Usually up to 5mm high, sometimes 5.5mm (6mm in California). Conical spire, whorls rounded in profile [image1]. Some have a spiral keel , occasionally with bristles, running round all whorls which makes the shell outline stouter, especially when covered by encrustations. Small specimens have proportionately shorter spires, and only the smallest, under 2mm, usually have an open umbilical chink . Shell translucent yellowish horn-colour , often only visible on most recent whorl of still growing specimens. Otherwise, colour very often concealed by blackish encrustations which may turn rust red  on dead shells. Distinct sutures may be obscured by encrustation. Adapical angle of aperture rounded and stands out from adjacent whorl . Aperture lip thickened on adults (shell height about 4mm and more). Aperture outline of juveniles similar to adults. Aperture closed by operculum .
Flesh greyish white, translucent . Anterior of foot dorsally light grey. Extensive white pigment marks on sides of foot and posterior of head, with a few white marks extending to the eye . Sole translucent white . Head has long mobile tentacles  which frequently extend and contract. Tentacles are translucent light grey, darkest dorsally except, often, for a fine faint white medial line  & . Usually, there is no other white pigment on the tentacles apart from a small distinct patch in front of the eye . No black subterminal band or mark on the tentacles. The parts of the head usually visible, i.e. the area between the tentacles and the dorsum of the snout, are entirely grey or black apart from a pale area at the tip of the snout and, often, an indistinct paler medial dorsal strip . The dorsum of the snout is sometimes slightly wrinkled  as it moves. Males, extremely rare, have flexed penis with longitudinal band of wavy white on grey .
Key identification features
- Adapical angle of shell aperture rounded .
- Translucent grey tentacles with no white pigment apart from a patch in front of eye  and, often, a fine white medial line.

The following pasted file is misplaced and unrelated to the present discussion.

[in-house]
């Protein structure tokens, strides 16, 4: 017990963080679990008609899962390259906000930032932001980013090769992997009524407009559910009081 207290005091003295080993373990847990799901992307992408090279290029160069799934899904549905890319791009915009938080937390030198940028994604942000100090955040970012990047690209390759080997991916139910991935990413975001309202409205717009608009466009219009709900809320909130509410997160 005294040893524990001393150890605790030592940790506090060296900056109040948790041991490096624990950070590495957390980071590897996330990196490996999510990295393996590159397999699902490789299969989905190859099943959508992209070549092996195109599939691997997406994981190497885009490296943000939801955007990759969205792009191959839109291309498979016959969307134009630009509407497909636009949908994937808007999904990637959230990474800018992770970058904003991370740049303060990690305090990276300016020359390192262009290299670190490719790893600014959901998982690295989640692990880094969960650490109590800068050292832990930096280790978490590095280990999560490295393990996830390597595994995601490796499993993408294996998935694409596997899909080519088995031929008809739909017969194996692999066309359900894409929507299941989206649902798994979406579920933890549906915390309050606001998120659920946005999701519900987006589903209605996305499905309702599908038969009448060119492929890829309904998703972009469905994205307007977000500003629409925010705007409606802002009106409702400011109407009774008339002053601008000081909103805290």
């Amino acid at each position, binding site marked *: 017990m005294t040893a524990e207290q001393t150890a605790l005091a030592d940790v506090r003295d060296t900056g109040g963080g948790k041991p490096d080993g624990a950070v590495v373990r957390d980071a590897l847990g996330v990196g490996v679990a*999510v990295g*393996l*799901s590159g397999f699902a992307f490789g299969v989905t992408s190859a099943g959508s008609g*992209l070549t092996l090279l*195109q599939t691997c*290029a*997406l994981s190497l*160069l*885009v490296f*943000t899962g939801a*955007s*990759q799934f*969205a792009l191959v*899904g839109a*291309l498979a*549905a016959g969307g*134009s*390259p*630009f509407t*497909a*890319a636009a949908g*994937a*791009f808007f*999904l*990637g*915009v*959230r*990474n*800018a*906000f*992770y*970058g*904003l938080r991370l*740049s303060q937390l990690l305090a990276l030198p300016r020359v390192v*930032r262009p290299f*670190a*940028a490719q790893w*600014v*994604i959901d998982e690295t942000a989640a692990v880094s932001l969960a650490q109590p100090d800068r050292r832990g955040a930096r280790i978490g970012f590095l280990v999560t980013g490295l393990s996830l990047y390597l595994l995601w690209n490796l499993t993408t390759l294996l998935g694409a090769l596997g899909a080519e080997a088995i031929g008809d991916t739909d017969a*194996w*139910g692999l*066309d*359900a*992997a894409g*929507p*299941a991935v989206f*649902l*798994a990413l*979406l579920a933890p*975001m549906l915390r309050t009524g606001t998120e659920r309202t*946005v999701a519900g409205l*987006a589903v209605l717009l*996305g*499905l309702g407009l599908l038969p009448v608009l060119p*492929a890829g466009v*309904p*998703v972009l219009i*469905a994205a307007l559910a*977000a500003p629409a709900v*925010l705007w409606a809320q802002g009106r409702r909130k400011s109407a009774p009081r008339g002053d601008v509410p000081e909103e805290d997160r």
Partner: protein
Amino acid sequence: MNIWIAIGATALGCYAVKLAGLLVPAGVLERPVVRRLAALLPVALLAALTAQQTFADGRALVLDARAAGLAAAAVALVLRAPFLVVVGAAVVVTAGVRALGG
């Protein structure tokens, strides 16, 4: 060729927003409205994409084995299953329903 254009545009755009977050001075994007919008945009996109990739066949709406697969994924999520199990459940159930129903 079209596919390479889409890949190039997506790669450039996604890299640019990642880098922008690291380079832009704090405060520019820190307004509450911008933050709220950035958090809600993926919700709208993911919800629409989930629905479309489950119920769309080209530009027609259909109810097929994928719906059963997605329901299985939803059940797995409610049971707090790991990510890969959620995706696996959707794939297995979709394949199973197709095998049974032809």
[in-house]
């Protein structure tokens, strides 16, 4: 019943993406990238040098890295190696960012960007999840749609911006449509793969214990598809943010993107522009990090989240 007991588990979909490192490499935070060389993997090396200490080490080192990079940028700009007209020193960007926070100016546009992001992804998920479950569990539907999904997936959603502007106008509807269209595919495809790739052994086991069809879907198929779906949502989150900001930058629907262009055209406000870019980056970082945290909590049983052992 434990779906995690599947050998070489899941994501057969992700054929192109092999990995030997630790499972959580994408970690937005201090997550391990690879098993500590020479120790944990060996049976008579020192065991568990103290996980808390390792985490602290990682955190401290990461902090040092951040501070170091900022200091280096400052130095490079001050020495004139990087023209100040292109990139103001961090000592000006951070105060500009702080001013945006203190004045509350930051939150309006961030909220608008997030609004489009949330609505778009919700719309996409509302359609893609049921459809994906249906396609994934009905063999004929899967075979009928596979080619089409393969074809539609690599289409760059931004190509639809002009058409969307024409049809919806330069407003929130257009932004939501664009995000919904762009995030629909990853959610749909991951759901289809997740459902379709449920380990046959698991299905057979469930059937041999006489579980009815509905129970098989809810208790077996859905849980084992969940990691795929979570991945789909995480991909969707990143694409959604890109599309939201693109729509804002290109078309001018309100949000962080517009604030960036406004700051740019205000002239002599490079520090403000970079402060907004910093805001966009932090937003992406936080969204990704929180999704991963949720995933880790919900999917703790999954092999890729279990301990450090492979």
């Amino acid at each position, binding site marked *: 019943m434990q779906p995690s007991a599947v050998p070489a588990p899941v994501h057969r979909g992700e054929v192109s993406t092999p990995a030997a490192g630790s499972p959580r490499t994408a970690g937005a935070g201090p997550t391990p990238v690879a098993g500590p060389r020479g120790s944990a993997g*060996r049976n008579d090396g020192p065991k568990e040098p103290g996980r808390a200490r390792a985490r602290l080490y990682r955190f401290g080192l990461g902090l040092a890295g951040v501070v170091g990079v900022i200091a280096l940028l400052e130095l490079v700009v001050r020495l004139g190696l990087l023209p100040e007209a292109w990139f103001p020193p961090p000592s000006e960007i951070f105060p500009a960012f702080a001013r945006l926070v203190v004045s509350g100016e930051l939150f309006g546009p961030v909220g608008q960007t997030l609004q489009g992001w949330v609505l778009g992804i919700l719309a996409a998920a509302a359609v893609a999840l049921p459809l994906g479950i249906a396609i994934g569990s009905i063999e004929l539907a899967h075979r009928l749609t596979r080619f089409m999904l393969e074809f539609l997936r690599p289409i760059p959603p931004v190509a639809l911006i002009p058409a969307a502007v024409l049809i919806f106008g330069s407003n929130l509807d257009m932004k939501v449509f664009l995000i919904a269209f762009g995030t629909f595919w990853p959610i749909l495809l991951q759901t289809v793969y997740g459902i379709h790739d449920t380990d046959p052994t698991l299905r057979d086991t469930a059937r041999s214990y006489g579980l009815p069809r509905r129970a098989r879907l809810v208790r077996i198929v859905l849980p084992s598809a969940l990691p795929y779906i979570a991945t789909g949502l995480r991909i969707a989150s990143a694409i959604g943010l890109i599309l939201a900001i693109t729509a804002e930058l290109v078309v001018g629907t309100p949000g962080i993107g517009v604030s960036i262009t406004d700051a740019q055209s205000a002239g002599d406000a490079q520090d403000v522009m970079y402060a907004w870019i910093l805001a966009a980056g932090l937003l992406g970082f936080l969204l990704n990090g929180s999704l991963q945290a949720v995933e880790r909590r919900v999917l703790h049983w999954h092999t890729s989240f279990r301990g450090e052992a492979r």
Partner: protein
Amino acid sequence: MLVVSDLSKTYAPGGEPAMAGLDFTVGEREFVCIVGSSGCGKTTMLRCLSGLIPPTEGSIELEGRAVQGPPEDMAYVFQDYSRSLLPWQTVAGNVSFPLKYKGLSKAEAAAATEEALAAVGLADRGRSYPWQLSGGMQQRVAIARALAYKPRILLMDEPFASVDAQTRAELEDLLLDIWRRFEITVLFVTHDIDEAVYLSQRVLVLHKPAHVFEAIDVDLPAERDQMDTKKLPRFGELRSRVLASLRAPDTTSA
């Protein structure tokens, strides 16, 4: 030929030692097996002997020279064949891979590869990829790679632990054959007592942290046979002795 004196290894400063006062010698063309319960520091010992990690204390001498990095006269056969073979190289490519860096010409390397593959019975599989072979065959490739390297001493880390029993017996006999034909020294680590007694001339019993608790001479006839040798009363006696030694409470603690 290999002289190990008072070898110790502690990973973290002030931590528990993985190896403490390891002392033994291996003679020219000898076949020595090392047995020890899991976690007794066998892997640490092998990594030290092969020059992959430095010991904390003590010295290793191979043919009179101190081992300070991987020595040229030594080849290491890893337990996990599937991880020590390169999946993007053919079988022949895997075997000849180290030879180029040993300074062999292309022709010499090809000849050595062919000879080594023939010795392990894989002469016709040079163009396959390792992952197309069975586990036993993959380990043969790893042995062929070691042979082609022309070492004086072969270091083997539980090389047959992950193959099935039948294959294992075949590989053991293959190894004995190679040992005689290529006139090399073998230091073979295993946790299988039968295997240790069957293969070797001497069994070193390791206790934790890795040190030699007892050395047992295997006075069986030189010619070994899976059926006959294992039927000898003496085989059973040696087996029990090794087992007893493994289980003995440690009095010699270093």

- Adapical angle of shell aperture pointed [3Hu].
- Translucent tentacles with black sub-terminal band, and usually yellow/white flecks [6Hu].
- Salinity 5-40 p.p.t. in tidal situations.
Hydrobia ventrosa (Montagu, 1803)
- Adapical end of shell aperture rounded.
- Tentacles lack black transverse band, but may have longitudinal dusky streak near tip.
- Lagoons, non-tidal, salinity 1- 36 p.p.t., with soft substrate and vegetation.
Hydrobia acuta neglecta Muus, 1963
- Adapical angle of shell aperture pointed.
- White tentacles; tips covered with a long thin black cone except for paler extreme apex and white intrusion into cone basally.
- Snout has sub-terminal black band like many H. ulvae, but rest of head black except for two whitish oval areas on snout.
- Small, maximum shell height 4mm.
- Lagoons, non-tidal, salinity 10-35p.p.t., with soft substrate and vegetation.
Assiminea grayana Fleming, 1828
- Adapical angle of aperture sharp.
- Tentacles short grey to black stumps with eye on dorsal surface near tip.
- Grey snout with wide central cleft, head darker.
- Near high water mark on saltings and tidal rivers.
Ecology and behaviour
Although one of the mainly marine Prosobranchia with usual ctenidium  and operculum , P. antipodarum lives primarily in flowing fresh water , but also in brackish ditches and lagoons to 17 p.p.t. salinity. On soft, hard, vegetated or bare substrate, feeding on detritus. Can be found floating under surface of water, perhaps to feed on micro-organisms in the neuston. Often at high densities. Ovoviviparous, so no spawn or veliger stage. Earliest stage outside parent is small snail, about 1mm shell height. Great majority of populations in Britain, Europe and USA have no males, only parthenogenetic females . Males, when present, rarely exceed 2 per cent of a sample, but up to 20 percent in North-West corner of Meirionnydd, Wales  (Wallace, 1985).
Distribution and status
Fresh and brackish waters from Mediterranean to Southern Scandinavia (GBIF map). Also New Zealand, temperate Australia and N. America. Since accidental introduction from New Zealand before 1852 has spread throughout Britain and Ireland. Now very common, except in acid upland areas. Interactive UK distribution map (NBN).
References and links
Fretter, V. and Graham, A. 1962. British prosobranch molluscs. London.
Graham, A. 1988. Prosobranch and pyramidellid gastropods. London.
Green, J. 1968. The biology of estuarine animals. London.
Wallace, C. 1986. On the distribution of the sexes of Potamopyrgus jenkinsi (Smith). J. Moll. Stud., 51, 290- 296.